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1 December 1996 Heterochrony and Neotenic Salamanders: Possible Clues for Understanding the Animal Development and Evolution
Masami Wakahara
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A synthesis of developmental genetics with evolutionary genetics is now making possible to understand significant evolutionary changes in multicellular organisms. The key concept for unifying the two must be heterochrony. Heterochrony causes evolutionary modifications due to changes in timing and/or rate of development. The heterochrony is conventionally categorized into three patterns as neoteny (retardation in somatic development), progenesis (acceleration in gonadal development), and direct development (acceleration in somatic development, resulting in lack of larval or tadpole stages). A lot of species showing neoteny are known in urodeles, but not in anurans. Neotenic urodeles are also divided into three categories; permanent or obligate, “inducible” obligate, and facultative neotenies. Hynobius retardatus, a specific population of which had been reported to show neoteny but is believed to be extinct at present, has become to be used for experimental analysis of heterochronic expression of several adult characters during its ontogeny. Gonadal maturation and a transition of globin subunits from larval to adult types have been shown to occur independently on the morphological metamorphosis in H. retardatus. Mechanisms underlying the heterochrony, including morphogenetic clock, heterochronic genes in Drosophila and C. elegans, temporal colinearity in Hox gene complex in mice, and atavistic transformation induced by altered expression of Hox genes are discussed in terms of current molecular biology.


In the last chapter of “Developmental Biology (4th ed.)” by S. F. Gilbert (1994), one of the most reliable and world-famous text book on current developmental biology, Gilbert has stated that “we are at a remarkable point in our understanding of nature, for a synthesis of developmental genetics with evolutionary biology may transform our appreciation of the mechanisms underlying evolutionary change and animal diversity.” In other words, current progress in molecular biology has led us to the verge of a merger of the developmental genetics (i.e., synthesis of molecular biology with developmental biology) and the evolutionary genetics (i.e., synthesis of population genetics with evolutionary biology). The synthesis of these long-separated strands of biology may produce a developmental genetic theory capable of explaining the ontogeny and phylogeny, one of the biggest, unsolved problems in biology (Gould, 1977). Recent progress in this field has been reviewed by Akam et al. (1994) and Gilbert et al. (1996).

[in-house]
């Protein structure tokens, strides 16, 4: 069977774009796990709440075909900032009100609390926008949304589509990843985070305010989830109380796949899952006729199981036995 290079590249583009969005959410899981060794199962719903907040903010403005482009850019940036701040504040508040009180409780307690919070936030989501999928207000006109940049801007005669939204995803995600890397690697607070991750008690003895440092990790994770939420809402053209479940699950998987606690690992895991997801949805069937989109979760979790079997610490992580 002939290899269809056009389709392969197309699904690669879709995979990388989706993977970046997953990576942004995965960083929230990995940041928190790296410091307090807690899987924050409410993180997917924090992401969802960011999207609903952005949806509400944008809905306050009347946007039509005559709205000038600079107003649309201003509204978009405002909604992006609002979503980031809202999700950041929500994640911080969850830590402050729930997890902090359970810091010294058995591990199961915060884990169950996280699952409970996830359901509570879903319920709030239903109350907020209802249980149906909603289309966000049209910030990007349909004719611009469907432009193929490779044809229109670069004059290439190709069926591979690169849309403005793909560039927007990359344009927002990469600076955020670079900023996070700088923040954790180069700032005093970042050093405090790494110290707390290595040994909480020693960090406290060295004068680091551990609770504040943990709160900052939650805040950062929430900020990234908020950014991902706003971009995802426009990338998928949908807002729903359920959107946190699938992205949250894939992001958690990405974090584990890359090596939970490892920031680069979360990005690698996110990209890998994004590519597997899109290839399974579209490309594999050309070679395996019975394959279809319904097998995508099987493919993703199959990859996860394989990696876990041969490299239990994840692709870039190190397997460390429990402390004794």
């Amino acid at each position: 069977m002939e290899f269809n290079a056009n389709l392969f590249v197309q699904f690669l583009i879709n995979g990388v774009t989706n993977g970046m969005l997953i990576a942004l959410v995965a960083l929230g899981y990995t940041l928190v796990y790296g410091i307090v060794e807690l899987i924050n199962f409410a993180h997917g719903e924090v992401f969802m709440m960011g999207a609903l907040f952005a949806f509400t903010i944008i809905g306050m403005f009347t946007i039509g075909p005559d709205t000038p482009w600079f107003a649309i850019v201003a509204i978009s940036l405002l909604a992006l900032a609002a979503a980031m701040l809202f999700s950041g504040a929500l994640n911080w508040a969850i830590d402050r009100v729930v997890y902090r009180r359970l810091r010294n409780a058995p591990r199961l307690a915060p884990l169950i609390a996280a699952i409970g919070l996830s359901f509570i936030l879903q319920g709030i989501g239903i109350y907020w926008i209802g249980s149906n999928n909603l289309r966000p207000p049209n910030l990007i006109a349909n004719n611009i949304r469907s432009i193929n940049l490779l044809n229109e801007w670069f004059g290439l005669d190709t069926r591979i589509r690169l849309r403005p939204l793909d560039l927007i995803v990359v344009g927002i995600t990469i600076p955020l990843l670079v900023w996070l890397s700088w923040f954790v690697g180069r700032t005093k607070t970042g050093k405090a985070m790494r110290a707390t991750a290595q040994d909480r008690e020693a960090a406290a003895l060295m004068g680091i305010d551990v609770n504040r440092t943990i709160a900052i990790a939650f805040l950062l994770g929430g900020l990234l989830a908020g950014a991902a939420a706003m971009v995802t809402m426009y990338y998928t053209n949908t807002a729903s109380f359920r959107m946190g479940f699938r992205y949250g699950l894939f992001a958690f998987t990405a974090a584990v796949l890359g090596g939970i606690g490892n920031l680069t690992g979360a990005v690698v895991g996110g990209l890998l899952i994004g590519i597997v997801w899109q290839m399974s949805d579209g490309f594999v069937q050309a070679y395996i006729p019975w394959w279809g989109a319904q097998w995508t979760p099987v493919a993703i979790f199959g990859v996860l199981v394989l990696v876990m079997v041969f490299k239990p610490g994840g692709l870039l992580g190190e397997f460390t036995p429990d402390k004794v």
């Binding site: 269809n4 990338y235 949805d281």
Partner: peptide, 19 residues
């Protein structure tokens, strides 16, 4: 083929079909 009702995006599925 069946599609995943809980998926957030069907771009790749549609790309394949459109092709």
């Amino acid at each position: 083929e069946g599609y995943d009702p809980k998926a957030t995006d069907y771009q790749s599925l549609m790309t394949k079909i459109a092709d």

Developmental genetics has intensively analyzed the molecular basis for a construction of gross body plan, pattern formation, morphogenesis, cell differentiation, metamorphosis and aging in multicellular organisms. On the other hand, evolutionary genetics will discuss the molecular basis for macroevolution, microevolution, speciation, atavistic transformation and animal diversity (biodiversity) on our earth (Akam et al., 1994; Holland and Garcia-Fernàndez, 1996; Valentine et al., 1996). What is the common factor or parameter involved in these two phenomena, developmental and evolutionary changes ? Because the developmental changes must be considered as a function of a relatively shorter period of the ontogeny and the evolutionary changes have occurred during an enormously longer period of history of the earth (Gilbert et al., 1996), the common parameter between develop-mental and evolutionary biology must be time, whatever shorter or longer it is. Thus, the key concept for unifying the develop-mental and evolutionary genetics must be heterochrony. In this review, I will discuss what is the heterochrony, how is gene expression chronologically regulated, and what kind of animals should be studied as a model system for elucidating the heterochrony involved in ontogeny and phylogeny.


Changes in developmental timing (heterochrony) are considered to be important in producing morphological changes during evolution (Gould, 1977; Akam et al., 1994; Richardson, 1995). Heterochrony causes evolutionary modifications due to changes in timing and/or rate of development. During evolution, ancestral juvenile characters may be retained by later ontogenetic stages of descendents due to a reduced rate of morphological development and/or a delayed onset of growth in the embryos, as well as precocious sexual maturation. According to classical concepts on the ontogeny and phytogeny (e.g., acceleration, retardation, reiteration and so on, see Gould, 1977), heterochrony which is important for unifying the developmental biology and evolutionary biology is conventionally categorized into (1) neoteny (retardation in somatic development), (2) progenesis (acceleration in germ cell development), and (3) direct development (acceleration in somatic development, and resulting in lack of larval stages).